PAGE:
# Problem D

Dimensional Analysis

You are deriving some equations for physics homework and are
worried you’ve made some mistakes. To debug them, you will
apply dimensional analysis. In dimensional analysis, you remove
all magnitudes and units from a set of equations until you are
left only with strings representing *physical
quantities* and the special dimensionless constant
$1$. The following is an
example set of such equations:

velocity * time = length frequency = 1 / time acceleration = velocity / time force = mass * acceleration force = mass * length / time / time

Your equations, like the ones above, involve only multiplication and division (no addition, exponentiation, etc.) As you can see, some quantities (like velocity) are defined in terms of other, more basic quantities (length, time). But you’re not sure what the correct relationships are between the quantities. You do know that none of the quantities in your equations are unitless: it should not be possible, through any set of algebraic manipulations, to prove that any quantity is equal to the dimensionless constant $1$. (You may assume that all physical quantities in your equations have positive real magnitudes. In particular, you may freely divide any equation by any quantity without worrying about division by zero; and you may take square or higher roots of any quantity.)

A set of equations violating this condition is
*invalid* (and a set of equations is valid otherwise).
The above example is a valid system. Here is an invalid
one:

foo * bar = xyzzy foo = xyzzy * bar

By substituting the second equation into the first, and
dividing both sides by `xyzzy`, you get
$\texttt{bar * bar = 1}$.
Taking a square root of both sides, you get $\texttt{bar = 1}$ and so `bar` is dimensionless.

Given the set of equations in your dimensional analysis, compute whether the equations are valid.

## Input

The first line of the input is a single integer $N$, the number of equations
$(1 \leq N \leq 100)$.
Each of the $N$ subsequent
lines of input contains one equation. An equation consists of
two expressions, separated by an equal sign surrounded by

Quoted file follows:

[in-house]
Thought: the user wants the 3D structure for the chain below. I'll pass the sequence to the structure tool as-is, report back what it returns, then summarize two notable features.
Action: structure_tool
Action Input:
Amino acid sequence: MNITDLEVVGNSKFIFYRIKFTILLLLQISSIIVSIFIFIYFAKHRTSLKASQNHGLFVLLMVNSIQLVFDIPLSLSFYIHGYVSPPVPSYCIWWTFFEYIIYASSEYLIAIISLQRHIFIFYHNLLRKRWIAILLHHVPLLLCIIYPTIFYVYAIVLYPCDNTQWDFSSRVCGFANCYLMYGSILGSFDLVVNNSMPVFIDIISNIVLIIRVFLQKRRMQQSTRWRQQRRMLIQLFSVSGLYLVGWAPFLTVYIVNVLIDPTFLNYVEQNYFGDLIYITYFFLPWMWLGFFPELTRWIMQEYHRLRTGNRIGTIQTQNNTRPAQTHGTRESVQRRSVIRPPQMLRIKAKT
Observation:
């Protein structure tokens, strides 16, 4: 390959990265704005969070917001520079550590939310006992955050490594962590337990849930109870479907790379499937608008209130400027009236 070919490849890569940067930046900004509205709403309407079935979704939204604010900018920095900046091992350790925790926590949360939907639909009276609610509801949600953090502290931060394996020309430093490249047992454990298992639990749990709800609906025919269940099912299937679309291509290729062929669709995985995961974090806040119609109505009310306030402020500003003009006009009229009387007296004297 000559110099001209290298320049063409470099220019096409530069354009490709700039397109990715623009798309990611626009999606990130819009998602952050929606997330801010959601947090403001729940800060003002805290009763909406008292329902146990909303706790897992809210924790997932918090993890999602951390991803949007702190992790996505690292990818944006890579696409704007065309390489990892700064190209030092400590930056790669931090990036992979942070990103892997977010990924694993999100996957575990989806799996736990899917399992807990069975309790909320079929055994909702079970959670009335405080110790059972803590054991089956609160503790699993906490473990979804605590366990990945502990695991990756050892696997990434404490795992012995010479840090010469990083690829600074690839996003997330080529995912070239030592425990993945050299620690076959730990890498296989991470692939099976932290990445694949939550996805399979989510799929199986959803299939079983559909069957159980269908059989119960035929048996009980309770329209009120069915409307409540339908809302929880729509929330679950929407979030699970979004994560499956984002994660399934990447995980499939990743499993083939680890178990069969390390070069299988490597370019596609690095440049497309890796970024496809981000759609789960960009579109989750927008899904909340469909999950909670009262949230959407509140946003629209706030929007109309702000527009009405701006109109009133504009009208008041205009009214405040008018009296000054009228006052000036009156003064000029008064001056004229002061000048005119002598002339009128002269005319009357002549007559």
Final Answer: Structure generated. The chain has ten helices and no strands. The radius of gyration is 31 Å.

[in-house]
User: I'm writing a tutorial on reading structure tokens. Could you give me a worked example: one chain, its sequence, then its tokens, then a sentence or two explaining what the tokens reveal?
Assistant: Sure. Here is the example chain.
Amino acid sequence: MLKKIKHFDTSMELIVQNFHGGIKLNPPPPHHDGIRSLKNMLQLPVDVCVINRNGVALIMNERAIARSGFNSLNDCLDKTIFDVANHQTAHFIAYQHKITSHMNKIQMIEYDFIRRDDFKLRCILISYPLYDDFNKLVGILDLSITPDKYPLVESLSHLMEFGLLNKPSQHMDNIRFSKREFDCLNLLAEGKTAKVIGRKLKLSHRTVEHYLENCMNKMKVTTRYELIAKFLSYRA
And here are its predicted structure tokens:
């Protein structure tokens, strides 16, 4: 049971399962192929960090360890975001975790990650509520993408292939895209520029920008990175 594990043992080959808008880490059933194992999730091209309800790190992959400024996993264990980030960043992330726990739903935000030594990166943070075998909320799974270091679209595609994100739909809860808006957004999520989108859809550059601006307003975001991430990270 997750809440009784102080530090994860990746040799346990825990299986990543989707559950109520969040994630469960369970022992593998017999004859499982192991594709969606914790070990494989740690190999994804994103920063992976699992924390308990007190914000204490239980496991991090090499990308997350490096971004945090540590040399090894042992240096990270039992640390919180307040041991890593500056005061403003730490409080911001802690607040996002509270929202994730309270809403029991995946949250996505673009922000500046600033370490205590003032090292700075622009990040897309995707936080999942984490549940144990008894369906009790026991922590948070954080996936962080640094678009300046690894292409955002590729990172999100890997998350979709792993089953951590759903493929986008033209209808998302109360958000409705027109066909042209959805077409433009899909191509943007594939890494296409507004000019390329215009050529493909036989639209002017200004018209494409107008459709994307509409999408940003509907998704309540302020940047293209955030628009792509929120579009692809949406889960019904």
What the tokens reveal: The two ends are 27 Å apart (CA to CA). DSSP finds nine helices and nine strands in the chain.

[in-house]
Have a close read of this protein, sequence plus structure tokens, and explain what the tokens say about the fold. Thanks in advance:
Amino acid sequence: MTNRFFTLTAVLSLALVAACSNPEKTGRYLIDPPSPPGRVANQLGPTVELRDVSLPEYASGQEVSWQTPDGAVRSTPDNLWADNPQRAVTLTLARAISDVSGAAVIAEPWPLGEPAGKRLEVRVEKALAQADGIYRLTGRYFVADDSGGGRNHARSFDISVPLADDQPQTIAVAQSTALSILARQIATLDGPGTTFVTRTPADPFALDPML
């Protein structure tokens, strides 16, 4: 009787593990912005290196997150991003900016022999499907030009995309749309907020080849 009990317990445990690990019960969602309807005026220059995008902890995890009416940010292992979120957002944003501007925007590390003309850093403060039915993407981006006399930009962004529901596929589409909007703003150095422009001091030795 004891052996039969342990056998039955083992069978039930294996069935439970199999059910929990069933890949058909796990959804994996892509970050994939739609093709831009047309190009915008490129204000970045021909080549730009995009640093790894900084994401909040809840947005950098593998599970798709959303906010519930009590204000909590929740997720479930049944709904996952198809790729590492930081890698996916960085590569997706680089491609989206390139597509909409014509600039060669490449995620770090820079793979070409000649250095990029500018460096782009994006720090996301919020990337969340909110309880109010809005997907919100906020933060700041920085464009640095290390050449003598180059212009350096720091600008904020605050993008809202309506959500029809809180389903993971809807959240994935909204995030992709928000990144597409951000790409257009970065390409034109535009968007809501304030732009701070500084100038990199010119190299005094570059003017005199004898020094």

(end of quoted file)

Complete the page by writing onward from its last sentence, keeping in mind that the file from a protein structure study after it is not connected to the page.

spaces “ `=` ”. Each expression
contains one or more atoms, separated by either “ `*` ” or “ `/` ”; each
atom is either the character ‘`1`’ or a
physical quantity, represented by a lowercase string
(containing one or more ASCII characters between ‘`a`’ and ‘`z`’). At most
$100$ unique physical
quantities appear in total across all equations, each equation
contains at most $100$
atoms, and the total number of characters in all atoms across
all equations will not exceed $100\, 000$.

There will be exactly one space before and after each
‘`=`’, ‘`*`’,
and ‘`/`’ and the equations will
contain no other whitespace or other extraneous punctuation.
See the sample input for examples of how equations are
formatted.

The operator `*` represents
multiplication and `/` represents
division. Expressions follow the usual associativity rules:
`a / b * c` is the same as `a * c / b` but different from `a / b / c`.

## Output

Print `invalid` if it is possible to
prove that at least one of the physical quantities in an
equation in the input must be dimensionless. Print `valid` otherwise.

Sample Input 1 | Sample Output 1 |
---|---|

5 velocity * time = length frequency = 1 / time acceleration = velocity / time force = mass * acceleration force = mass * length / time / time |
valid |

Sample Input 2 | Sample Output 2 |
---|---|

2 foo * bar = xyzzy foo = xyzzy * bar |
invalid |

Sample Input 3 | Sample Output 3 |
---|---|

5 time * power = energy energy = work work = force * distance distance = distance 1 / 1 = 1 * 1 / 1 |
valid |